Few assets were able to shrug off the downturn except gold. Amid the chaos the precious metal surged to a new seven-year high, peaking at close to $1,690 an ounce in the early hours of Monday, before dropping back to $1,650 this morning. Three months ago, gold was below $1,500.
It seems the bleeding has stopped at this morning’s European open, despite the FTSE and DAX being slightly off, US futures are pointing towards a firmer open around the 0.5% mark. Markets are now placing bets on a response from the Fed. The federal funds futures contract tied to the July policy meeting reflected an 85% probability of at least a 0.25% cut, this was 50-50 only a month ago.
Every stock in the Dow ends in the red
Every single one of the 30 names in the Dow Jones Industrial Average fell yesterday, with UnitedHealth, American Express and Cisco sinking farthest at 7.8%, 5% and 5% respectively. Apple, which said last week the virus would cause it to miss sales targets, fell heavily too, finishing 4.8% lower.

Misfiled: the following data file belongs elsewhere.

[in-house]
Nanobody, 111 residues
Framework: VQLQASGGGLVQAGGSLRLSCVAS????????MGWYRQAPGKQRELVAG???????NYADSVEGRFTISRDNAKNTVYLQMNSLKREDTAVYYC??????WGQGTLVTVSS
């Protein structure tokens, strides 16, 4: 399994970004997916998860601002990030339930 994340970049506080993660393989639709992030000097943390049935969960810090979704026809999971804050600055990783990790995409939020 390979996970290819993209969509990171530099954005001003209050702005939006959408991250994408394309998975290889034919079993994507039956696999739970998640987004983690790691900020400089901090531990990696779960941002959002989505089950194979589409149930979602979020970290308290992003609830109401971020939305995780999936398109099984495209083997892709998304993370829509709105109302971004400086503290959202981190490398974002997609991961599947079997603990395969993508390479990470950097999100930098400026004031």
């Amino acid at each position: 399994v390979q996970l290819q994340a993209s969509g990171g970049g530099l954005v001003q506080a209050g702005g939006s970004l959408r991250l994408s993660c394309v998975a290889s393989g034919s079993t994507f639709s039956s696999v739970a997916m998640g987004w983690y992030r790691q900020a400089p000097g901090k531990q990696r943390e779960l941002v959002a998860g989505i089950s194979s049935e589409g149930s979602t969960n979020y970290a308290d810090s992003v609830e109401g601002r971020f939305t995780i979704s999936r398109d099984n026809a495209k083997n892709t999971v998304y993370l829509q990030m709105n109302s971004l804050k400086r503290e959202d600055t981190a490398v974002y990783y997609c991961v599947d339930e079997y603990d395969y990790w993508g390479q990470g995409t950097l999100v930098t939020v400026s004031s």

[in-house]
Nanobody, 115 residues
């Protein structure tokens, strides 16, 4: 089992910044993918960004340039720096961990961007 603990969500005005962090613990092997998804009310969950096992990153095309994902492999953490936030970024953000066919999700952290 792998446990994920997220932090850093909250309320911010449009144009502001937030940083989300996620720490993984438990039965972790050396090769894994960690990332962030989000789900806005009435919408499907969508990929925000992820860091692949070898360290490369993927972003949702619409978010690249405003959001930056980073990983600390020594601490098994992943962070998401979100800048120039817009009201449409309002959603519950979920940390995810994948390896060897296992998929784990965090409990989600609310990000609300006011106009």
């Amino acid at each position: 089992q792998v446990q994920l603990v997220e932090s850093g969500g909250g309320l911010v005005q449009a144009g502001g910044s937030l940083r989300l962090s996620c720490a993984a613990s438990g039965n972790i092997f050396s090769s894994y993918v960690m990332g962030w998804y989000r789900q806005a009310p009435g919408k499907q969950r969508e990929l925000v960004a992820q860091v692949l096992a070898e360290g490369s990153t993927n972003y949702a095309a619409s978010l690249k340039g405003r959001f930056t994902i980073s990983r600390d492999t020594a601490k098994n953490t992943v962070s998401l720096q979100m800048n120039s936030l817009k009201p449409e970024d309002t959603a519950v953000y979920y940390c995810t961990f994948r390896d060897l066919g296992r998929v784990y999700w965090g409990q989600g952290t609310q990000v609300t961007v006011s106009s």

In the S&P 500 only 11 names finished in the black yesterday, with the biggest fallers dominated by cruise lines and other travel firms. Cruise names Carnival, Norwegian Cruise Line and Royal Caribbean each sank by 9% or more. All three have been forced to cancel cruises due to the epidemic, and Norwegian’s CEO told investors last week that “people are scared to travel”. Among the major US airlines, American fell hardest, finishing the day 8.5% lower. All US carriers have suspended services to mainland China.
Among the three major stock indices, it was the tech heavy Nasdaq Composite that had the worst day, with a 3.7% drop, although it is the only one of the three to still be sitting on positive year-to-date gains. Chipmakers AMD and Nvidia, Tesla, Expedia and Marriott were among the firms which dragged the Nasdaq lower, all sank more than 5%.